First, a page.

With regards to piping commands, what are the greater than (>) and less than (<) symbols called?

by Mikey   Last Updated October 10, 2019 21:01 PM

On linux at least, and I think windows/dos shell too you can use > to "pipe" output into a file. Something like:

cat myfile.txt > mightAsWellCP.txt

What is that piece of syntax sugar called? This is a "pipe": | so what do we call the > and < (and << and >> while were at it.)

Tags : pipe


Answers 4


I usually refer to all four variations (< << > >>) as a "redirect" when speaking to folks that I know will understand.

Brian Adkins
Brian Adkins
September 28, 2012 01:08 AM

They're symbols for redirection of input/output.
Quick runthrough on the differences between the redirection syntax commands

rbm
rbm
September 28, 2012 01:52 AM

When speaking a command-line, I usually pronounce the symbols by their function.

  • > "output to"
  • >> "append to"
  • < "input from"
  • | "pipe"

So when reading your example out loud:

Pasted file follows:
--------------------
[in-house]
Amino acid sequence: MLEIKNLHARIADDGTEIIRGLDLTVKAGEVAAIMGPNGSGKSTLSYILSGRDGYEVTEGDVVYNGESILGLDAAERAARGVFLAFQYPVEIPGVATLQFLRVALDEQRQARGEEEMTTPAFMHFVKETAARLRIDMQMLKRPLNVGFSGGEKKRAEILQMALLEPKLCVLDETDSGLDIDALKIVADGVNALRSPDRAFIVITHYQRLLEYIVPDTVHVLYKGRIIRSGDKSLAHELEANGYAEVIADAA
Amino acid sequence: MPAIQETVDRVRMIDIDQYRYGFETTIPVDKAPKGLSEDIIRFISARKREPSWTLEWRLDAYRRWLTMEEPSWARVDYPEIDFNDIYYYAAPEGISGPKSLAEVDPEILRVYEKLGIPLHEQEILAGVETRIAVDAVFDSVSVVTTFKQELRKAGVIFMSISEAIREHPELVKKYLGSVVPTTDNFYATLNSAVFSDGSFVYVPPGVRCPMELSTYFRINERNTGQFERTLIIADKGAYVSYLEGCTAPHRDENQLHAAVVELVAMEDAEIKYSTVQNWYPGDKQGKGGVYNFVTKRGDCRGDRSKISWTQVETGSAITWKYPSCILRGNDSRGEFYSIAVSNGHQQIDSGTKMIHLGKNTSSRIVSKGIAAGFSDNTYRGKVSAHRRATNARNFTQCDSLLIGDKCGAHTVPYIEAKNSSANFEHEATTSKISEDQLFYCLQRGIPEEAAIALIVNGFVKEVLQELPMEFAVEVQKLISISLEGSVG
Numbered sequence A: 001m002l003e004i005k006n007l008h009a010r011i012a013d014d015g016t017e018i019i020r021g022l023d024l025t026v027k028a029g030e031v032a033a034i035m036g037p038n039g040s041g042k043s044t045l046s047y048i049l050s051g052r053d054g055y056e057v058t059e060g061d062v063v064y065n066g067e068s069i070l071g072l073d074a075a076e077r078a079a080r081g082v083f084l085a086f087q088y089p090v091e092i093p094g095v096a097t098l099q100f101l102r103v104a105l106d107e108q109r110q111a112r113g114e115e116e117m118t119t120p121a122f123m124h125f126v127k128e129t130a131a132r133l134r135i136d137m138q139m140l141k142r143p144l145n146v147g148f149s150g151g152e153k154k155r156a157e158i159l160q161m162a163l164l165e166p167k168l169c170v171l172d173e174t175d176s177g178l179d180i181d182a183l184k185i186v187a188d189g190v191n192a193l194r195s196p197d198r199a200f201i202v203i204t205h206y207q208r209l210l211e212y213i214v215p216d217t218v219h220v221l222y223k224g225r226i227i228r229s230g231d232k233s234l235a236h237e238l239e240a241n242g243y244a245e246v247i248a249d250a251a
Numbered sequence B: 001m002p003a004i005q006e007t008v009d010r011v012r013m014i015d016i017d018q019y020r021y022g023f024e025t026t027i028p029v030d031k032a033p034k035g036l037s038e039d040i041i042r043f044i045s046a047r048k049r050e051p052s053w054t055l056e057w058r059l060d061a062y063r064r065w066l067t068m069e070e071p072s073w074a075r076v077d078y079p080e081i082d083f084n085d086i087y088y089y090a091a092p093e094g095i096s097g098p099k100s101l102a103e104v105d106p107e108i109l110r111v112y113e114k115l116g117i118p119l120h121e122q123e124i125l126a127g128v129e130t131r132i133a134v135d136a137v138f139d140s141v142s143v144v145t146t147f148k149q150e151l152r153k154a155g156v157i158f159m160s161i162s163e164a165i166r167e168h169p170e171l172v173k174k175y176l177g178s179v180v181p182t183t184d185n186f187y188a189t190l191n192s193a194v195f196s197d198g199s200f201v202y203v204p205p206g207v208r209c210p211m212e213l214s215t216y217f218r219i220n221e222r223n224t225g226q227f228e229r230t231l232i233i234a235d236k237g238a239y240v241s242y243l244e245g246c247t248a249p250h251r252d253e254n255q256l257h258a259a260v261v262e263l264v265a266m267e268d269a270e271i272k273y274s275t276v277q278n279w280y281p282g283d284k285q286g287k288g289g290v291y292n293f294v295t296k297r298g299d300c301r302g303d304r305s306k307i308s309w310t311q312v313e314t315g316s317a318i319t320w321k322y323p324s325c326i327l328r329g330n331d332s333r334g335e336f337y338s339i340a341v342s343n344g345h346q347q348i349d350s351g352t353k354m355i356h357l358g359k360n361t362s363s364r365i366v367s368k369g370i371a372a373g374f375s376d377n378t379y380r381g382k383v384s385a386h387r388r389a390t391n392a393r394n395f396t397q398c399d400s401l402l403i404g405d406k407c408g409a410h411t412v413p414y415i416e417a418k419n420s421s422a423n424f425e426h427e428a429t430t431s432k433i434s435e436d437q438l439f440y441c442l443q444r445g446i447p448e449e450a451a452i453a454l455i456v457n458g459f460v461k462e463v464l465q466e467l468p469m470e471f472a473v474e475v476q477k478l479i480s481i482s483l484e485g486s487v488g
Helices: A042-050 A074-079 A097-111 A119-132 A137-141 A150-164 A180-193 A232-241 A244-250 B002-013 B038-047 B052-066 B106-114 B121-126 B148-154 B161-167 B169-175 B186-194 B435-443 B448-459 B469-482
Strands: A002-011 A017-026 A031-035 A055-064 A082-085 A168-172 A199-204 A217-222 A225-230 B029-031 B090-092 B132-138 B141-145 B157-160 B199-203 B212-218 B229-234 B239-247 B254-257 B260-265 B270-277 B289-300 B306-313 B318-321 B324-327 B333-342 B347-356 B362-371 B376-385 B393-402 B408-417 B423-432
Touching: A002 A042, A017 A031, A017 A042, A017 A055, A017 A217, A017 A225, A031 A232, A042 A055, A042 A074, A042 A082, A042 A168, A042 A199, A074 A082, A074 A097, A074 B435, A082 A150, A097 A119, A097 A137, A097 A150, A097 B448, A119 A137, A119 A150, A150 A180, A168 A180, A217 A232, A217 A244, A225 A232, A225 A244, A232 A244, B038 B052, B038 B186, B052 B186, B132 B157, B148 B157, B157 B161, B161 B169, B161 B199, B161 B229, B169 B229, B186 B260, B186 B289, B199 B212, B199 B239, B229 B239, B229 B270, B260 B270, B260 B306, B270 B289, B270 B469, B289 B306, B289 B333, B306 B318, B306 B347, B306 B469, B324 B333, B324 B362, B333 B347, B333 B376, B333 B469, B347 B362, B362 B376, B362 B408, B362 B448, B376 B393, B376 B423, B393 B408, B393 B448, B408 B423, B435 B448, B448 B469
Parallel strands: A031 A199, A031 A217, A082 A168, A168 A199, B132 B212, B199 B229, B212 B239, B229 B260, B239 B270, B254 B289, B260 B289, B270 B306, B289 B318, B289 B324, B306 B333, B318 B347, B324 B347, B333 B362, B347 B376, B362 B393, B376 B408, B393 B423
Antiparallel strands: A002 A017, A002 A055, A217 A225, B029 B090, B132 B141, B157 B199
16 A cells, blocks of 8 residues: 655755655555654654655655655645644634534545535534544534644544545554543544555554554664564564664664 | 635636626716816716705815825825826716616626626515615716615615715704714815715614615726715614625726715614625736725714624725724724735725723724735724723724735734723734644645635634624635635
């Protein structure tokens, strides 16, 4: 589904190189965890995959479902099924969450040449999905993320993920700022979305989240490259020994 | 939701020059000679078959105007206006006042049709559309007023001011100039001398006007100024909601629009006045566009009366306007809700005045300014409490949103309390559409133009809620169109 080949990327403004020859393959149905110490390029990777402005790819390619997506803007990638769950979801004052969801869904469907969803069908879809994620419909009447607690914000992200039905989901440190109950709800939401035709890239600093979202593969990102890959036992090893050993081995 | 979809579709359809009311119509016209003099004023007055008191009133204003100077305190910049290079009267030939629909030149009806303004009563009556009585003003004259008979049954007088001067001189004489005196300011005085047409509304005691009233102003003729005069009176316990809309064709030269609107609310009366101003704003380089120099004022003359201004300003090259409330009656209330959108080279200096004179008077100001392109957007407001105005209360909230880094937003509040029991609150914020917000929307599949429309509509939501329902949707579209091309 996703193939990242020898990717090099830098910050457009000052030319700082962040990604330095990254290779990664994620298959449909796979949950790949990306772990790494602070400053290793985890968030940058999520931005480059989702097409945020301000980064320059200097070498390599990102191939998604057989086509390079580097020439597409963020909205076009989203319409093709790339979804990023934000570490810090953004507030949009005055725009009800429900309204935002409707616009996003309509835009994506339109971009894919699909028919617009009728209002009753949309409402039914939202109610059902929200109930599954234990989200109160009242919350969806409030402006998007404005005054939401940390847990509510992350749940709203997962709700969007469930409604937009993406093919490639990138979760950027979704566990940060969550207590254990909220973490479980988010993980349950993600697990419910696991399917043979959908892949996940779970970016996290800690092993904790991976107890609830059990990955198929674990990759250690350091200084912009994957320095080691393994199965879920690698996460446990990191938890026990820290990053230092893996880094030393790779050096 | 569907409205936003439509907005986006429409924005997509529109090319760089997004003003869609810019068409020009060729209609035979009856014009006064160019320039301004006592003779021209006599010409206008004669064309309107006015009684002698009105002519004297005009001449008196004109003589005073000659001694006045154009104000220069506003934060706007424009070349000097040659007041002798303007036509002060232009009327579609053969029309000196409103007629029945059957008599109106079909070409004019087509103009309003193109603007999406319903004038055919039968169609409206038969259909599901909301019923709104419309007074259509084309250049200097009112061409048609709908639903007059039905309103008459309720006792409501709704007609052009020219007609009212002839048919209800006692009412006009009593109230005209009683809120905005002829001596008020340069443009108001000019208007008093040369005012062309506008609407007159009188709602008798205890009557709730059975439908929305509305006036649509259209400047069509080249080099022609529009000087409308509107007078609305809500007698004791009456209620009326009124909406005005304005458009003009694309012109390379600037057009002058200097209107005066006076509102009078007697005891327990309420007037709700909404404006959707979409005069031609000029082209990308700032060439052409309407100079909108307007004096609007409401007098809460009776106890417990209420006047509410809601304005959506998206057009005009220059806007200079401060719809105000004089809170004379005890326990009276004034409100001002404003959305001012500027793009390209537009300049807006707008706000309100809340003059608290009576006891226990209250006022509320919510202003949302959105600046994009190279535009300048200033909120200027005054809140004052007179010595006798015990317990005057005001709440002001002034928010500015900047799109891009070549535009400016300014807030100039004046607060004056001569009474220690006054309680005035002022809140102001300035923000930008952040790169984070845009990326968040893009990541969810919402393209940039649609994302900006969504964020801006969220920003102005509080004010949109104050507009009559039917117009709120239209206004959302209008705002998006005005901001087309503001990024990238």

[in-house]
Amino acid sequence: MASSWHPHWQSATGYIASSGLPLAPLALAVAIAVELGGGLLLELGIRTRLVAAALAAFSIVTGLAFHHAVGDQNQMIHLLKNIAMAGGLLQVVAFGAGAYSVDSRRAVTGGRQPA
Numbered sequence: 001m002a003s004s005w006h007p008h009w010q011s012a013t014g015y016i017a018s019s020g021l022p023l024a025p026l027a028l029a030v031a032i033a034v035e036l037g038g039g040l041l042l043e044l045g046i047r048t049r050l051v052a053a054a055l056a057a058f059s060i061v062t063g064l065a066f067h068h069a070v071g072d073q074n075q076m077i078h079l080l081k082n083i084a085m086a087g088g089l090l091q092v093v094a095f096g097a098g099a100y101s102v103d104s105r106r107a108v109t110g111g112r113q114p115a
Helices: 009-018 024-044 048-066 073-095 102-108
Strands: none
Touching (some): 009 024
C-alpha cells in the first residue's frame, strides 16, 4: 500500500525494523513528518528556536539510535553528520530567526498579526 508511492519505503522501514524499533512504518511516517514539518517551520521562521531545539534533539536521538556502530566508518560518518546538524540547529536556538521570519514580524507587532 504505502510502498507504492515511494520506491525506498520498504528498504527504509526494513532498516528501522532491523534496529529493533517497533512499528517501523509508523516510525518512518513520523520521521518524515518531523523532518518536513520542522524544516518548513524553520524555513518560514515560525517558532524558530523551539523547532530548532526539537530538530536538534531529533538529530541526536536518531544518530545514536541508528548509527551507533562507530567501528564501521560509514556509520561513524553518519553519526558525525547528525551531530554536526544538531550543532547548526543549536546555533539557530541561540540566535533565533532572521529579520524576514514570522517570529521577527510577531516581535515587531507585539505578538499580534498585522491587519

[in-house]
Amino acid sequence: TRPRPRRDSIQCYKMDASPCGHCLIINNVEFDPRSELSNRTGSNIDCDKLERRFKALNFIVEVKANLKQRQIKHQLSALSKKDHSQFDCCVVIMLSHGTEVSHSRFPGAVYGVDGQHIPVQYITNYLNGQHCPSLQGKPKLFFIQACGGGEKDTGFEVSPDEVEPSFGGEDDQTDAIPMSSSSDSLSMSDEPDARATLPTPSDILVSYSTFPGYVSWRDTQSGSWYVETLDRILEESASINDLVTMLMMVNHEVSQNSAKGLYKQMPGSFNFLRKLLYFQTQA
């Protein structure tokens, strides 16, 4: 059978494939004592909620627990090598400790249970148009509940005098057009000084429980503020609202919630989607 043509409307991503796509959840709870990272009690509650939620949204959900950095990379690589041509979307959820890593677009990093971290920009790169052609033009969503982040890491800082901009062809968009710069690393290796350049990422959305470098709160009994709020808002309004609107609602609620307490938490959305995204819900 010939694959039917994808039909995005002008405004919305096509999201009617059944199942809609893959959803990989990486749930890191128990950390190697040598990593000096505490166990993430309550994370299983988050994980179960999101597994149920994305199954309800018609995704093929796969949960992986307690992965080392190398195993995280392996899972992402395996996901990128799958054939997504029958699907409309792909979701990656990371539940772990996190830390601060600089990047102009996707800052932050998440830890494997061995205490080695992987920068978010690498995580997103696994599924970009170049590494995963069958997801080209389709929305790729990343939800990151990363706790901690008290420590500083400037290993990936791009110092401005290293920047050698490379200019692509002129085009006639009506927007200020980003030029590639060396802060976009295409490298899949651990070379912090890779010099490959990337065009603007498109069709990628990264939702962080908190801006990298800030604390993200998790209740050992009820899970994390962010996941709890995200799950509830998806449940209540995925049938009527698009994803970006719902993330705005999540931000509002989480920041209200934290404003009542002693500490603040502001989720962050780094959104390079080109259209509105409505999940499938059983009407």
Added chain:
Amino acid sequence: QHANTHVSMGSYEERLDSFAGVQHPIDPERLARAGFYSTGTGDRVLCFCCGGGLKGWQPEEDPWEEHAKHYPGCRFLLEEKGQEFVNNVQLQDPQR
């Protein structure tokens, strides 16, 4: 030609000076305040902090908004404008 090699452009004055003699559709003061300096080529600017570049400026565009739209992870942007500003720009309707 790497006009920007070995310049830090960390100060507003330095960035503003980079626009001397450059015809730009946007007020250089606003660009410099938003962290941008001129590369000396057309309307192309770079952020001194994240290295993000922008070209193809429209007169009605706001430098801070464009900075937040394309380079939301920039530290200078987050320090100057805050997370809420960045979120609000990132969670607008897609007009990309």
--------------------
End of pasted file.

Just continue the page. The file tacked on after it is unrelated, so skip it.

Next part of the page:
cat myfile.txt > mightAsWellCP.txt

I would pronounce as "cat myfile dot T X T output to might as well C P dot T X T".

RJHunter
RJHunter
May 30, 2014 09:23 AM

> is used to redirect output.

$echo "hello" > file.txt

< is used to redirect input.

$ cat < file.txt

Output:

hello

>> is used to append output to the end of the file.

$ echo "world!" >> file.txt

Output:

hello
world!

<< (called here document) is a file literal or input stream literal.

$cat << EOF >> file.txt

Output:

>

Here you can type whatever you want and it can be multiline. It ends when you type EOF (We used EOF in our example but you can use something else instead).

> linux
> is
> EOF

Output:

hello
world!
linux
is

<<< (called here string) is the same as << but takes only one word.

$cat <<< great! >> file.txt

Output:

hello
world!
linux
is
great!

Note that we could have used $cat <<< great! | tee file.txt instead of $cat <<< great! >> file.txt.

Mathieu Gemard
Mathieu Gemard
October 10, 2019 20:44 PM

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